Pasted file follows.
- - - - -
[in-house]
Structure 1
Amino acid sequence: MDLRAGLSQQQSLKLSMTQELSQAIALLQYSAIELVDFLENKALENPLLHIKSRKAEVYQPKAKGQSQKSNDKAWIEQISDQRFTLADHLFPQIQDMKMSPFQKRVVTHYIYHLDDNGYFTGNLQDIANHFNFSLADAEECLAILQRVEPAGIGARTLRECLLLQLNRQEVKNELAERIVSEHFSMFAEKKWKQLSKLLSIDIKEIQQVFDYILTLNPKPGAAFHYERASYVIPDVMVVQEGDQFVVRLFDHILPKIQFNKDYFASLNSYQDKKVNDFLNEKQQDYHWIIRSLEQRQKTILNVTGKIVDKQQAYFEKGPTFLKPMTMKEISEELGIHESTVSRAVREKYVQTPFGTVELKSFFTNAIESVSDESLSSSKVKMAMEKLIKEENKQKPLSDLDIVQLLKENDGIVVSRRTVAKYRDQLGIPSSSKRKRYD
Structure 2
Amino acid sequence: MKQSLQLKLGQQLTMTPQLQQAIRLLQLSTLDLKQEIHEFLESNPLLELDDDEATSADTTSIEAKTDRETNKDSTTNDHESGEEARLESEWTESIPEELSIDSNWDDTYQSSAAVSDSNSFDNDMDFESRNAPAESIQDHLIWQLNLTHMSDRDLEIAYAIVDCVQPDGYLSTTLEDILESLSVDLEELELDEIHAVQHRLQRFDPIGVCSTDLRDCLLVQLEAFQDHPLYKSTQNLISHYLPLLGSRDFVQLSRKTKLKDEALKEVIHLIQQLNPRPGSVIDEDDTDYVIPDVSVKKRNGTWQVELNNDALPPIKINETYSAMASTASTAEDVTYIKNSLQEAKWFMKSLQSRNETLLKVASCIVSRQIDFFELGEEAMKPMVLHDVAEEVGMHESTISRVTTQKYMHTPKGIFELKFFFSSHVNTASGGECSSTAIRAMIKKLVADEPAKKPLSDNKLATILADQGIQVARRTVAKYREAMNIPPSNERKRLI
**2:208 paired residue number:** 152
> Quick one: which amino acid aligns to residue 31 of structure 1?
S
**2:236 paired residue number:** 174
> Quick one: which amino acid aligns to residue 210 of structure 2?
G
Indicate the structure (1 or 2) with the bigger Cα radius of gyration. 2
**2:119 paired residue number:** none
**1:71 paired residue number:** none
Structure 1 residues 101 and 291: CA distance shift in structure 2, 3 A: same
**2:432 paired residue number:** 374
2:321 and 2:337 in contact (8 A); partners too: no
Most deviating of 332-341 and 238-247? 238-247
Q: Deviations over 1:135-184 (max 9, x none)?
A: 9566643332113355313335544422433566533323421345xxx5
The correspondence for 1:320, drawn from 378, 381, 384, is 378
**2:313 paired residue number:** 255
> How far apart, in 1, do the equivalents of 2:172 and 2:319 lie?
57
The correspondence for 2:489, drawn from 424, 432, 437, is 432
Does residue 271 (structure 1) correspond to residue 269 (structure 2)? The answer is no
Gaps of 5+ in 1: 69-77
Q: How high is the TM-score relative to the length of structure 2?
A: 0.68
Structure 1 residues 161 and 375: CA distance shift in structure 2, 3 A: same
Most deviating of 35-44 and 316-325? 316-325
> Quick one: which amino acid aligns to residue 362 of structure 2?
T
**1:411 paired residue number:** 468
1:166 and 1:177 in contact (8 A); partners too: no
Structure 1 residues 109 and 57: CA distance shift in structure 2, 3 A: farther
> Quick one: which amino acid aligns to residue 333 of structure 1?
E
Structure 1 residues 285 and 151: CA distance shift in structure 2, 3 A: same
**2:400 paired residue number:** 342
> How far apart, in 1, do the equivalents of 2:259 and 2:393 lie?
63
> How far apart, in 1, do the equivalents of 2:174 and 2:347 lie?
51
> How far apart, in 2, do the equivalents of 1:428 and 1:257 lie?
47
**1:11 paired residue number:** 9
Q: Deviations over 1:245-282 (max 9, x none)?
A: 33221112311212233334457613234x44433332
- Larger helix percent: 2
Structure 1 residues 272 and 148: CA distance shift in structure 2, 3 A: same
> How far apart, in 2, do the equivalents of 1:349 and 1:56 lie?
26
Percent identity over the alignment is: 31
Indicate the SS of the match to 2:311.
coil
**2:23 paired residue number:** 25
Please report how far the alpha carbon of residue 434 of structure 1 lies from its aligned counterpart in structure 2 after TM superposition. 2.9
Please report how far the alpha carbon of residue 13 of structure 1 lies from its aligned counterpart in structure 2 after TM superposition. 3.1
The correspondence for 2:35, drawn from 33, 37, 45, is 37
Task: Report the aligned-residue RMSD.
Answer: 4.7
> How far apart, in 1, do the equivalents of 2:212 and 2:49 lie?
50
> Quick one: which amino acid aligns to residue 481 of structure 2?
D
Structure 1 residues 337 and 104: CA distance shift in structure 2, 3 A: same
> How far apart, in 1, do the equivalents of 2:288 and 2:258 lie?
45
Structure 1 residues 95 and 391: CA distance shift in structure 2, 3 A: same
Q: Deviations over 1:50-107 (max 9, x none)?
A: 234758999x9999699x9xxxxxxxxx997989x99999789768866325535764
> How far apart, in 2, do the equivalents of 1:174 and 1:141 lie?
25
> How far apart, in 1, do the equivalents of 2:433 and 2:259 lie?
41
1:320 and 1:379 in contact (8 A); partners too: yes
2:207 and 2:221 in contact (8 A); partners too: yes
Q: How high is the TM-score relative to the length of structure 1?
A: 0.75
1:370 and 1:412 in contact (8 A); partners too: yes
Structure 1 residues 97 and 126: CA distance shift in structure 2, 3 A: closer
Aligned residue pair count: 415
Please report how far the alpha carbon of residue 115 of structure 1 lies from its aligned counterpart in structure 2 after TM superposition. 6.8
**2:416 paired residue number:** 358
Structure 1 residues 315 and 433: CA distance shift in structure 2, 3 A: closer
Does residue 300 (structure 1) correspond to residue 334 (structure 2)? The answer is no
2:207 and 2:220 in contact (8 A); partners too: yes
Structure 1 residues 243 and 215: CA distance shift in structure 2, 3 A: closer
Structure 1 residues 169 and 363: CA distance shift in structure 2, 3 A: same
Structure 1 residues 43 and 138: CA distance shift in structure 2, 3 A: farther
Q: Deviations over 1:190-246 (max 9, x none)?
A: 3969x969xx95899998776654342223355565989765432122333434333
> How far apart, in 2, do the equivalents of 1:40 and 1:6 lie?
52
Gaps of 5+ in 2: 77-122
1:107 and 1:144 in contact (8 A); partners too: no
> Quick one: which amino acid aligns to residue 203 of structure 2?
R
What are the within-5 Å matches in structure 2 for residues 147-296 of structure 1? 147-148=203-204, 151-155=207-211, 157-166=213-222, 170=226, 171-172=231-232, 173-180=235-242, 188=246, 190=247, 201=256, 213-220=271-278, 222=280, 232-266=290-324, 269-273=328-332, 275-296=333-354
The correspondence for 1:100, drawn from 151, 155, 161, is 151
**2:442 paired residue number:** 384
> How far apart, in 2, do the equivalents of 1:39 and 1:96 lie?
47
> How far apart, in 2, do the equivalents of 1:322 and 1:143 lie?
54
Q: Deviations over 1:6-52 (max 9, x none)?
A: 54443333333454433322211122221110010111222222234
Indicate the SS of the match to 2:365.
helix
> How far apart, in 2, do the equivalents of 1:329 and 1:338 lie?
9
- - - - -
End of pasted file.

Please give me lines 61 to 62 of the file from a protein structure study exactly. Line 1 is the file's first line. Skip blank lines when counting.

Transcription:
Task: Report the aligned-residue RMSD.
Answer: 4.7